Opinion | Jim Fitzgerald
An editors' note:
As always, the opinions and statements expressed on our Opinions pages do not necessarily reflect the views of the Office of Student Life, The Clarion or its sponsors. This submission is not meant to be the authoritative voice on the subject. Instead, it is intended to stimulate conversation in the Bethel community. We welcome any tasteful responses to publication.
Bethel University has a storied football program dating back 25 years to the arrival of Head Coach Steve Johnson. Johnson has transformed Bethel into a perennial powerhouse, which has earned the program many accolades. Apparently, there are some who think those accolades are paid too much attention.
I disagree; playing sports at the collegiate level requires a heightened level of discipline, both physically and academically. In fact, Bethel’s student athletes are held to higher academic standards compared to the general student body. There are minimum GPA standards that all Bethel student athletes must maintain in order to remain eligible.
In addition, the National Collegiate Athletic Association (NCAA) not only recognizes athletes for their athletic achievements but also for their academic endeavors. Take for example J.D. Mehlhorn, who was recognized as a Capital One Academic All-American. Through programs such as these, we can see the emphasis that institutions place on academics.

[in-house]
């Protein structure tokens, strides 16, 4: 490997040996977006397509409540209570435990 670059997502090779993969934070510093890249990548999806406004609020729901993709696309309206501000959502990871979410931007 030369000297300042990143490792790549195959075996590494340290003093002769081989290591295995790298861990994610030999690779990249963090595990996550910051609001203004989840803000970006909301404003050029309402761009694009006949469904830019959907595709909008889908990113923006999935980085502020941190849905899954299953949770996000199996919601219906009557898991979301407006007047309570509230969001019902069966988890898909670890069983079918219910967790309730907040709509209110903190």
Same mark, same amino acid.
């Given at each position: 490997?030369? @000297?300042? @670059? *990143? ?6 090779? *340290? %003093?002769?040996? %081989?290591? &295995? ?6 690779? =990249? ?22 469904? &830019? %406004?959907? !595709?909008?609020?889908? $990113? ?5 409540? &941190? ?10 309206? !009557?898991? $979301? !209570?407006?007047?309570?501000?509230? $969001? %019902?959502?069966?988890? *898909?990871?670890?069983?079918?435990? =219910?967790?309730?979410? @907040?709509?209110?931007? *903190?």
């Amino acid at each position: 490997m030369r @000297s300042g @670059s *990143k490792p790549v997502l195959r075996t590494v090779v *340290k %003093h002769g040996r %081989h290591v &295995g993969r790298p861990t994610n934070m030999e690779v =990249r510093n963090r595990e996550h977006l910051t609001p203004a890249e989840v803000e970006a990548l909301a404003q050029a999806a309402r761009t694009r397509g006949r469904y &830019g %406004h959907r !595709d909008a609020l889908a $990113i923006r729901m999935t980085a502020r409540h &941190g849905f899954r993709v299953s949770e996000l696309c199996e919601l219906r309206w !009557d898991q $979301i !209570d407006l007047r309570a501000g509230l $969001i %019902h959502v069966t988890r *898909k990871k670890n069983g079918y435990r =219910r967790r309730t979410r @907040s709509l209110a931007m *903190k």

While some view college sports as a cost, which ultimately overshadows education, I believe that the benefits created as a result of college sports are too numerous to address in this article. However, there is one issue that I must raise with the above cost argument. Bethel sports, like football, are revenue generating, which is why the school spends more on its athletes than it does on non-athletes. Non-athletes aren’t generating extra revenue for the university.
Now, for those of you screaming out loud right now about the tuition you’re paying, keep in mind that we go to a Division III university. One of the differences between a Division I university and a Division III university is that schools can give full ride athletic scholarships at the Division I level, but they cannot at the Division III level. What does this mean? It means that Bethel’s student athletes pay the same tuition that non-athletes do, except that they also generate revenue for the university through their athletic abilities.
In my opinion, Bethel does a good job of distributing recognition appropriately. Whether it be through the Dean’s List, the Bethel website or through receiving your diploma in front of a crowd at graduation, it gives credit where credit is due. When a collective group of 70-plus players accomplish something fantastic, credit is due. That is why we have a banner celebrating them at the entrance of our school.